Openvpn – Simple OpenVPN setup on Windows Server 2003 SBS with RRAS


I am trying to set up the most basic VPN configuration with OpenVPN. The server is Windows Server 2003 SBS. A typical client system is Windows 7 Professional.

The server has two physical NICs (WAN & LAN). The WAN NIC is assigned a static WAN IP by the router. The server manages the NAT & Firewall with Windows' Routing and Remote Access service.

I have followed the setup HOWTO and attempted to keep things as simple as possible.

The OpenVPN client connects to the OpenVPN server and is assigned an IP address.

The problem is that I cannot ping the server from the client after the connection is established (or perform any other communication for that matter).

I suspect that there may be a conflict with RRAS.

I would like to provide more information, but I need guidance as to what information is needed to solve this problem. The following is a starting point:

OpenVPN server config:

port 1194
proto tcp
dev tun
ca ca.crt
cert server.crt
key server.key
dh dh1024.pem
ifconfig-pool-persist ipp.txt
keepalive 10 120
max-clients 100
status openvpn-status.log
verb 3

Typical OpenVPN client config:

dev tun
proto tcp
remote XXX.XXX.XXX.XXX 1194
resolv-retry infinite
ca ca.crt
cert client.crt
key client.key
ns-cert-type server
verb 3

OpenVPN Client startup output:

OpenVPN 2.2.1 Win32-MSVC++ [SSL] [LZO2] built on Jul  1 2011
NOTE: OpenVPN 2.1 requires '--script-security 2' or higher to call user-defined scripts or executables
LZO compression initialized
Control Channel MTU parms [ L:1544 D:140 EF:40 EB:0 ET:0 EL:0 ]
Socket Buffers: R=[8192->8192] S=[8192->8192]
Data Channel MTU parms [ L:1544 D:1450 EF:44 EB:135 ET:0 EL:0 AF:3/1 ]
Local Options hash (VER=V4): '69109d17'
Expected Remote Options hash (VER=V4): 'c0103fa8'
Attempting to establish TCP connection with XXX.XXX.XXX.XXX:1194
TCP connection established with XXX.XXX.XXX.XXX:1194
TCPv4_CLIENT link local: [undef]
TCPv4_CLIENT link remote: XXX.XXX.XXX.XXX:1194
TLS: Initial packet from XXX.XXX.XXX.XXX:1194, sid=2c253639 f0d75bbe
Data Channel Encrypt: Cipher 'BF-CBC' initialized with 128 bit key
Data Channel Encrypt: Using 160 bit message hash 'SHA1' for HMAC authentication
Data Channel Decrypt: Cipher 'BF-CBC' initialized with 128 bit key
Data Channel Decrypt: Using 160 bit message hash 'SHA1' for HMAC authentication
Control Channel: TLSv1, cipher TLSv1/SSLv3 DHE-RSA-AES256-SHA, 1024 bit RSA
[XXX] Peer Connection Initiated with XXX.XXX.XXX.XXX:1194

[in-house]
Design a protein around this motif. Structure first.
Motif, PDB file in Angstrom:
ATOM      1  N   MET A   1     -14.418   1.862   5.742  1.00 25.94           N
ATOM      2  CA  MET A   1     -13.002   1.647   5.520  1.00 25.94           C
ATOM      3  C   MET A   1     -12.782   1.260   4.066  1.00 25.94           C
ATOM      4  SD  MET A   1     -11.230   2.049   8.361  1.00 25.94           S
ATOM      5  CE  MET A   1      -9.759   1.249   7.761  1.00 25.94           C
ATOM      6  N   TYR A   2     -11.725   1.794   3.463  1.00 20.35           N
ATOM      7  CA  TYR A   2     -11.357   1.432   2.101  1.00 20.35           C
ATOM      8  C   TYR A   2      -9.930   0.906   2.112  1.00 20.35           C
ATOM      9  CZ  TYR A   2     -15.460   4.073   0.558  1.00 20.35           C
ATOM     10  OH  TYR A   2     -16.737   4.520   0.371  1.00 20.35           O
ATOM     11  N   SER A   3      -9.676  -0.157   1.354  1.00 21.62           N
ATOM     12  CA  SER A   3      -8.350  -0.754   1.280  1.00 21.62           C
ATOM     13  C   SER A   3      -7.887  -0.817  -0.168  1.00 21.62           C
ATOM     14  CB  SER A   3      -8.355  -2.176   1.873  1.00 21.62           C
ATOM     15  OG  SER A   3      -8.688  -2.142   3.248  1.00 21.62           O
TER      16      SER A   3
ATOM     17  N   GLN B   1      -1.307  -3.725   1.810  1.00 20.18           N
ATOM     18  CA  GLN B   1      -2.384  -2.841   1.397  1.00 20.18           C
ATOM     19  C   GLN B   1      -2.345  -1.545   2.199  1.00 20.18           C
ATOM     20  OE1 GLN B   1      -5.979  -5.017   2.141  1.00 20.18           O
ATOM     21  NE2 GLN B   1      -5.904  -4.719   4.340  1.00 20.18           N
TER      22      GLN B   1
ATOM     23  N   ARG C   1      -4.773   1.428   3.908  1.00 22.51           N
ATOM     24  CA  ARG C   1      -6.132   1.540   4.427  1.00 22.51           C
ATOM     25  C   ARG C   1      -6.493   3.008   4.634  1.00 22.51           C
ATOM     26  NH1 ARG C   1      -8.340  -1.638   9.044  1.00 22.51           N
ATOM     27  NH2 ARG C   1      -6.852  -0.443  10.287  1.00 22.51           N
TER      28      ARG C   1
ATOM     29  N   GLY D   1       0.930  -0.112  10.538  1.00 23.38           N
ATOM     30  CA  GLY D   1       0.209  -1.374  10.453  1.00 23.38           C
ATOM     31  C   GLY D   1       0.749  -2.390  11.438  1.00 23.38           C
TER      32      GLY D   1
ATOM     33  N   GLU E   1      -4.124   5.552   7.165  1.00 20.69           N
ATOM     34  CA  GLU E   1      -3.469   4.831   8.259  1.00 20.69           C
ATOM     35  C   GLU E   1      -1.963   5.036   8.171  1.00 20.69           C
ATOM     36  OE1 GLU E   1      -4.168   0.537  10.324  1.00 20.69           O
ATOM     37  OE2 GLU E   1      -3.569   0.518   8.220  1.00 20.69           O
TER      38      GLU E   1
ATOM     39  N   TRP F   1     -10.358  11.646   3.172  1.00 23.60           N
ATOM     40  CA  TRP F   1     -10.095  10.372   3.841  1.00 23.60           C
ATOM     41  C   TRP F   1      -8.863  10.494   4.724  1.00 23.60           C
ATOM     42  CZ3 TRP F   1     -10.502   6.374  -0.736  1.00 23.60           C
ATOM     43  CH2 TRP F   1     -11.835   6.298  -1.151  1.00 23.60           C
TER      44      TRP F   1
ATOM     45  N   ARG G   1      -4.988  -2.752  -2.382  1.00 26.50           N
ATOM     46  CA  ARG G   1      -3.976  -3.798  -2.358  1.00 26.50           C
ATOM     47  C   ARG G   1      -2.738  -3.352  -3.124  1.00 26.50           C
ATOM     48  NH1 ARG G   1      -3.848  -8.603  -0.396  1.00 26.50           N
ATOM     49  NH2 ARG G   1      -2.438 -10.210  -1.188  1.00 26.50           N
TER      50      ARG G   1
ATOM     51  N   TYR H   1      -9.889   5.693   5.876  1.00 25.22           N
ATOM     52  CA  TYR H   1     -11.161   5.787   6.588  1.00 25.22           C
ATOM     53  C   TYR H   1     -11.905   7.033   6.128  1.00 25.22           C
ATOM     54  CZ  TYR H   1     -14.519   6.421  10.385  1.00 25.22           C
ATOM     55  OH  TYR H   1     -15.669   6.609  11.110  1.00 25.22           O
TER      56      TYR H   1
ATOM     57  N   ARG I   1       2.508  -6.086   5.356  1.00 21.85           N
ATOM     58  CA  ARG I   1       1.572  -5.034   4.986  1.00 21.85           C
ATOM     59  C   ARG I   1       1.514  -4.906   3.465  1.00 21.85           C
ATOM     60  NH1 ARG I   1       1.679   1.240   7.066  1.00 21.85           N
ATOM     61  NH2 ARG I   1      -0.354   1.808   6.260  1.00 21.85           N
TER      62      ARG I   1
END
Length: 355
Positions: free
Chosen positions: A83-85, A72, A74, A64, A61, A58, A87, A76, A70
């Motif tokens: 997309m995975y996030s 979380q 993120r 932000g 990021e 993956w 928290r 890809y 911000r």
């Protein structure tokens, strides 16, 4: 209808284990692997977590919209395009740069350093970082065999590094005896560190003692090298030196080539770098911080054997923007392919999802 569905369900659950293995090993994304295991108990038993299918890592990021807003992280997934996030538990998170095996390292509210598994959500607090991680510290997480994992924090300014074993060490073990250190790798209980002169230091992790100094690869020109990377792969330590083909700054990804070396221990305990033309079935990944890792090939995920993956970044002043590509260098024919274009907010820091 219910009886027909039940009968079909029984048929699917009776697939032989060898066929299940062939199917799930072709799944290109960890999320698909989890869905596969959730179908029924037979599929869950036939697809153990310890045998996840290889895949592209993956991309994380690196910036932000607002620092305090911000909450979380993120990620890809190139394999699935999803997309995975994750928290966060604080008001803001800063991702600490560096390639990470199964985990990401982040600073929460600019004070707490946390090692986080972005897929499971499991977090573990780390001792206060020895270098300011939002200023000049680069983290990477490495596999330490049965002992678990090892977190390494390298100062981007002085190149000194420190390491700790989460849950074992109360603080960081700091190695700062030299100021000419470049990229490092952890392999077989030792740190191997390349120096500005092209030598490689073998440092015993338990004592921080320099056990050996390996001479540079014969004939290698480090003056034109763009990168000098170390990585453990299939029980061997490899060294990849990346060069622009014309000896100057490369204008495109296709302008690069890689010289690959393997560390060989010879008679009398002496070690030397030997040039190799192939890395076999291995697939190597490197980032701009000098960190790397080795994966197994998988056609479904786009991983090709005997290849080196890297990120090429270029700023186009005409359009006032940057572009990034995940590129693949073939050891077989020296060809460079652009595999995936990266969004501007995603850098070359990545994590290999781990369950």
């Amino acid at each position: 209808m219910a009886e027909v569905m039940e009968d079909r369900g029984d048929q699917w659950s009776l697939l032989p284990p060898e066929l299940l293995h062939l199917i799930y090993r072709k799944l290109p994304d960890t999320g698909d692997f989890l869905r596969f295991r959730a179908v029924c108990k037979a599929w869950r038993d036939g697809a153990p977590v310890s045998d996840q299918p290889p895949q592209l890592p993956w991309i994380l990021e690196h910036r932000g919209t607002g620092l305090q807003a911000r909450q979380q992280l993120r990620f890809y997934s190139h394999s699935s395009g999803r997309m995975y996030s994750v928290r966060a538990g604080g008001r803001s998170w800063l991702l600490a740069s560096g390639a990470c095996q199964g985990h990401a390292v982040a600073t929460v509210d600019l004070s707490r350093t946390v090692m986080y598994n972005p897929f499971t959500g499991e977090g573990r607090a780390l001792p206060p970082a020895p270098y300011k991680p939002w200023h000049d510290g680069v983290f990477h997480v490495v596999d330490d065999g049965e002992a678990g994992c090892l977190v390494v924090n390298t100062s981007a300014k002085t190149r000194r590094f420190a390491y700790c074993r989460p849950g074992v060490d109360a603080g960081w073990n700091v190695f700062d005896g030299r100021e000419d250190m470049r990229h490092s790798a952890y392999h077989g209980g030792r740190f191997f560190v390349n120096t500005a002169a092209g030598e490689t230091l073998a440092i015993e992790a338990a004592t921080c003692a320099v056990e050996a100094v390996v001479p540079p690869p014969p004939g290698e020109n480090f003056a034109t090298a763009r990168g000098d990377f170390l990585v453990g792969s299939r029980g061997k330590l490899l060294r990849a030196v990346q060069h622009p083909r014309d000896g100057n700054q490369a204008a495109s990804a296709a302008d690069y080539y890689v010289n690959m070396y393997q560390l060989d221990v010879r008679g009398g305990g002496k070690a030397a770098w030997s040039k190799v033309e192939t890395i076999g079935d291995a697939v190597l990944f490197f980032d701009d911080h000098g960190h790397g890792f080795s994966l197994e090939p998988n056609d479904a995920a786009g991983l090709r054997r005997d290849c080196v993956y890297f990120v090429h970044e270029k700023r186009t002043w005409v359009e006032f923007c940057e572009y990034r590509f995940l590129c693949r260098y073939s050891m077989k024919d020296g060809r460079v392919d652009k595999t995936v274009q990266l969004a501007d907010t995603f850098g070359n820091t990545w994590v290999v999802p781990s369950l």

PUSH: Received control message: 'PUSH_REPLY,route,topology net30,ping 10,ping-restart 120,ifconfig'
OPTIONS IMPORT: timers and/or timeouts modified
OPTIONS IMPORT: --ifconfig/up options modified
OPTIONS IMPORT: route options modified
ROUTE default_gateway=
TAP-WIN32 device [OpenVPN] opened: \\.\Global\{F4CEEE7C-B82C-4EF3-8C1E-4EA31CCC237A}.tap
TAP-Win32 Driver Version 9.8 
TAP-Win32 MTU=1500
Notified TAP-Win32 driver to set a DHCP IP/netmask of on interface {F4CEEE7C-B82C-4EF3-8C1E-4EA31CCC237A} [DHCP-serv:, lease-time: 31536000]
Successful ARP Flush on interface [16] {F4CEEE7C-B82C-4EF3-8C1E-4EA31CCC237A}
TEST ROUTES: 1/1 succeeded len=1 ret=1 a=0 u/d=up
C:\WINDOWS\system32\route.exe ADD MASK
ROUTE: CreateIpForwardEntry succeeded with dwForwardMetric1=30 and dwForwardType=4
Route addition via IPAPI succeeded [adaptive]
Initialization Sequence Completed

Best Answer

Why would RRAS be interfering? By the looks of it OpenVPN is listening on a completely different port than what RRAS uses. Furthermore, if the VPN client connects then that means it is working. Your problem is a routing problem. RRAS has an option to enable LAN routing and will function as a router between the VPN client and the internal network. Without that option set in RRAS a RRAS VPN client would only be able to access the VPN server. I'm assuming the problem is the same with OpenVPN. What mechanism does OpenVPN use to route traffic between the VPN client and the internal network?

In addition, as gravyface stated in his answer, why add the complexity of OpenVPN (on both the server and client side) when RRAS is a perfectly capable VPN solution, with the advantage of having a built-in VPN client on the client side. There's no software installation neccessary on either end, and there's minimal set up and configuration.